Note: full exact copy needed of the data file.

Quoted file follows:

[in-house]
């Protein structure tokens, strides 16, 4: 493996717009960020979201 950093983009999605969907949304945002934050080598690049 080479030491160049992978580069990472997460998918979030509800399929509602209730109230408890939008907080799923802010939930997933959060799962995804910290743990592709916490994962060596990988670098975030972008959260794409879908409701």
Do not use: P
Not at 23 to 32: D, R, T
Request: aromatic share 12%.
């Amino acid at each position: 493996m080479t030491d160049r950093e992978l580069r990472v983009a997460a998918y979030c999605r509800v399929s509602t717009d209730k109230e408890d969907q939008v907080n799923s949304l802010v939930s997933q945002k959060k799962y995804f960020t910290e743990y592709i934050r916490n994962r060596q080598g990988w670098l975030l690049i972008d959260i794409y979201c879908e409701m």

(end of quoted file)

[in-house]
């Protein structure tokens, strides 16, 4: 493996717009960020979201 950093983009999605969907949304945002934050080598690049 080479030491160049992978580069990472997460998918979030509800399929509602209730109230408890939008907080799923802010939930997933959060799962995804910290743990592709916490994962060596990988670098975030972008959260794409879908409701």
Do not use: P
Not at 23 to 32: D, R, T
Request: aromatic share 12%.
């Amino acid at each position: 493996m080479t030491d160049r950093e992978l580069r990472v983009a997460a998918y979030c999605r509800v399929s509602t717009d209730k109230e408890d969907q939008v907080n799923s949304l802010v939930s997933q945002k959060k799962y995804f960020t910290e743990y592709i934050r916490n994962r060596q080598g990988w670098l975030l690049i972008d959260i794409y979201c879908e409701m």